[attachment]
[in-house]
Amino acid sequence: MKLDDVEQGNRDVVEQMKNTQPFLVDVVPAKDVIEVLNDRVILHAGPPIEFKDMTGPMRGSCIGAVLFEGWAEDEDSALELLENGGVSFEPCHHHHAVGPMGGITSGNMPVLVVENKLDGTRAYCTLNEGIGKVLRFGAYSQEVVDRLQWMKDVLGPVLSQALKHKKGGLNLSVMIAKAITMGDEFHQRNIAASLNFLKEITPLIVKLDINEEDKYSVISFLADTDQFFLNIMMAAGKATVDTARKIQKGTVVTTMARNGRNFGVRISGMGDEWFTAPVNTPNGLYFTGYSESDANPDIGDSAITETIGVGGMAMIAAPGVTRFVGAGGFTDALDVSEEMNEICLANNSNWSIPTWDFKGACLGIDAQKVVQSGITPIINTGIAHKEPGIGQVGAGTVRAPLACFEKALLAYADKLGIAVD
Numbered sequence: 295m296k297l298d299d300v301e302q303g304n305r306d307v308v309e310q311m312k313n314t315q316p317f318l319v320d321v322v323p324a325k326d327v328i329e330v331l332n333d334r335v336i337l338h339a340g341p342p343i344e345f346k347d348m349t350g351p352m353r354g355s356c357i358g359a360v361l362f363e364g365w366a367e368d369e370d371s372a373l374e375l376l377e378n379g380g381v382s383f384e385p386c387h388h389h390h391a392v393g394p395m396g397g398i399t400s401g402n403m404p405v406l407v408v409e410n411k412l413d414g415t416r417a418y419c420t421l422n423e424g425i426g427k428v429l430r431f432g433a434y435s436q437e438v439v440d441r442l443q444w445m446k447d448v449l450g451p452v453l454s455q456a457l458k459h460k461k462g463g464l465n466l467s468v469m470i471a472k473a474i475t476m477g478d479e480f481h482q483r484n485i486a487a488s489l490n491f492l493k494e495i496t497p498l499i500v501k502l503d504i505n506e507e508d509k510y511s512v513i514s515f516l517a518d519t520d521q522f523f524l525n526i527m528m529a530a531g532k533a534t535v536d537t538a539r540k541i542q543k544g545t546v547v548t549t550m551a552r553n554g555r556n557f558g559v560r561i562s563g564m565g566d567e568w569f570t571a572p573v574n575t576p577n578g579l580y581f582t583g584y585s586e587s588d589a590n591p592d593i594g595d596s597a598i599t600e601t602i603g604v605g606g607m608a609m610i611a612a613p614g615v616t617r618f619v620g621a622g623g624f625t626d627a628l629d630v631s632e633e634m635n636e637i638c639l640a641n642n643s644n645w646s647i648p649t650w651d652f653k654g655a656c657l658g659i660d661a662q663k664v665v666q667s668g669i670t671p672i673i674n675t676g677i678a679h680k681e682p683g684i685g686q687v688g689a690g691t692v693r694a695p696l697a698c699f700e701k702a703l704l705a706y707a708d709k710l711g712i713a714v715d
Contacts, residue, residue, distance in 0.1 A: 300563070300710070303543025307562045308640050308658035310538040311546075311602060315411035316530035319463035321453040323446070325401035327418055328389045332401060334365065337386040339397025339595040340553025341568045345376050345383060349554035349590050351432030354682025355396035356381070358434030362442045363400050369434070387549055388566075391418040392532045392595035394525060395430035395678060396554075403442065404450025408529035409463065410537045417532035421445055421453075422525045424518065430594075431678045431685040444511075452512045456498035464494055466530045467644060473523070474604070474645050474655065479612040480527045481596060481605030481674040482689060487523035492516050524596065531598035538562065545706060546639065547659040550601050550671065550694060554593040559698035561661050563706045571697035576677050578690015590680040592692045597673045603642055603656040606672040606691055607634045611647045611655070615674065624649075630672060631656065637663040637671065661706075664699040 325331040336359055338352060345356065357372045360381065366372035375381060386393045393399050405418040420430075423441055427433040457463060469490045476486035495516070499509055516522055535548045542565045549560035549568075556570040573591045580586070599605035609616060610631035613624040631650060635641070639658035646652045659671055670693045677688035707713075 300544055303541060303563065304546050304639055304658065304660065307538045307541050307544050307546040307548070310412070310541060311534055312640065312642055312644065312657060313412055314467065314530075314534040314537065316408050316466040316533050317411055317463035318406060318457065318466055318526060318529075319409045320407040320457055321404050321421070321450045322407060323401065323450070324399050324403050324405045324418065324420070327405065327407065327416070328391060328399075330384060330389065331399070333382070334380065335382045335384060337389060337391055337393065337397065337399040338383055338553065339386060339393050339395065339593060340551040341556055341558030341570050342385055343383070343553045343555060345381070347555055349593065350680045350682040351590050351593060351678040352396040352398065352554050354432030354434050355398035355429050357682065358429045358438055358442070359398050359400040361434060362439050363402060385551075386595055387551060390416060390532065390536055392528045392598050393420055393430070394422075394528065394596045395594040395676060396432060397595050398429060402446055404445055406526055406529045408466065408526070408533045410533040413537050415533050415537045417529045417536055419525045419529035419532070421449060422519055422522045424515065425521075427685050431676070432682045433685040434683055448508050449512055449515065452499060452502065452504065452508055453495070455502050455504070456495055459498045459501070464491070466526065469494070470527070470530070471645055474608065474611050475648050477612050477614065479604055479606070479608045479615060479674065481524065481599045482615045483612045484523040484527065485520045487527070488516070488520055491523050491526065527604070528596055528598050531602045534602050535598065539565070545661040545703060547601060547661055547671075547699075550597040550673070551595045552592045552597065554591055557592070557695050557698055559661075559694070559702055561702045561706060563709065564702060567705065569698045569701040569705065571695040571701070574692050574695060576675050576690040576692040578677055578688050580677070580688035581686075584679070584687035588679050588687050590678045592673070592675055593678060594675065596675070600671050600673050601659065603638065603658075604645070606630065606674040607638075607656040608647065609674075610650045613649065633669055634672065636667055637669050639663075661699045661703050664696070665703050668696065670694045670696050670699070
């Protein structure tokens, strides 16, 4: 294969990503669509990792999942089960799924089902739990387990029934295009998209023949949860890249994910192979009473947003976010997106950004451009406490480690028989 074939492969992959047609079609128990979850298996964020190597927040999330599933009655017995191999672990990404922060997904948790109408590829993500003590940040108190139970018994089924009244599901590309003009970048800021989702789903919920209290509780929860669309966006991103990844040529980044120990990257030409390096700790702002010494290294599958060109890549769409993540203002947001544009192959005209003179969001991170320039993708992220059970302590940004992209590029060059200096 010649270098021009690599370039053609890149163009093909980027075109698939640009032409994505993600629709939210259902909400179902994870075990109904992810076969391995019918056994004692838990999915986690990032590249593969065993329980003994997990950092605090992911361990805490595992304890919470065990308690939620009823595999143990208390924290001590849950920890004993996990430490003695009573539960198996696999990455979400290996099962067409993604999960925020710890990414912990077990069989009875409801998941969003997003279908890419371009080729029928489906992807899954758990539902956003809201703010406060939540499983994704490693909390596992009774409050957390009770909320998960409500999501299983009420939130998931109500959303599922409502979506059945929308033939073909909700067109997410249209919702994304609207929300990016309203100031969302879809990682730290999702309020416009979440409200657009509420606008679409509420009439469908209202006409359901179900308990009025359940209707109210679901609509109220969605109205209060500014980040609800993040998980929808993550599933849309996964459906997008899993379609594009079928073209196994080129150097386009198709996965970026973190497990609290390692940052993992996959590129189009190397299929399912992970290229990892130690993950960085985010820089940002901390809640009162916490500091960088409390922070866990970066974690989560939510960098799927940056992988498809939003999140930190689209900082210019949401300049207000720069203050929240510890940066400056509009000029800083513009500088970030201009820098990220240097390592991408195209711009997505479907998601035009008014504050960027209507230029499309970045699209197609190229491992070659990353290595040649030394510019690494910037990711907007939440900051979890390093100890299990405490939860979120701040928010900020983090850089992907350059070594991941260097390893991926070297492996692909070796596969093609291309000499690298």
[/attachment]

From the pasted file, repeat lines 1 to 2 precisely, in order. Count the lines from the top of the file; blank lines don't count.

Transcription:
[in-house]
Amino acid sequence: MKLDDVEQGNRDVVEQMKNTQPFLVDVVPAKDVIEVLNDRVILHAGPPIEFKDMTGPMRGSCIGAVLFEGWAEDEDSALELLENGGVSFEPCHHHHAVGPMGGITSGNMPVLVVENKLDGTRAYCTLNEGIGKVLRFGAYSQEVVDRLQWMKDVLGPVLSQALKHKKGGLNLSVMIAKAITMGDEFHQRNIAASLNFLKEITPLIVKLDINEEDKYSVISFLADTDQFFLNIMMAAGKATVDTARKIQKGTVVTTMARNGRNFGVRISGMGDEWFTAPVNTPNGLYFTGYSESDANPDIGDSAITETIGVGGMAMIAAPGVTRFVGAGGFTDALDVSEEMNEICLANNSNWSIPTWDFKGACLGIDAQKVVQSGITPIINTGIAHKEPGIGQVGAGTVRAPLACFEKALLAYADKLGIAVD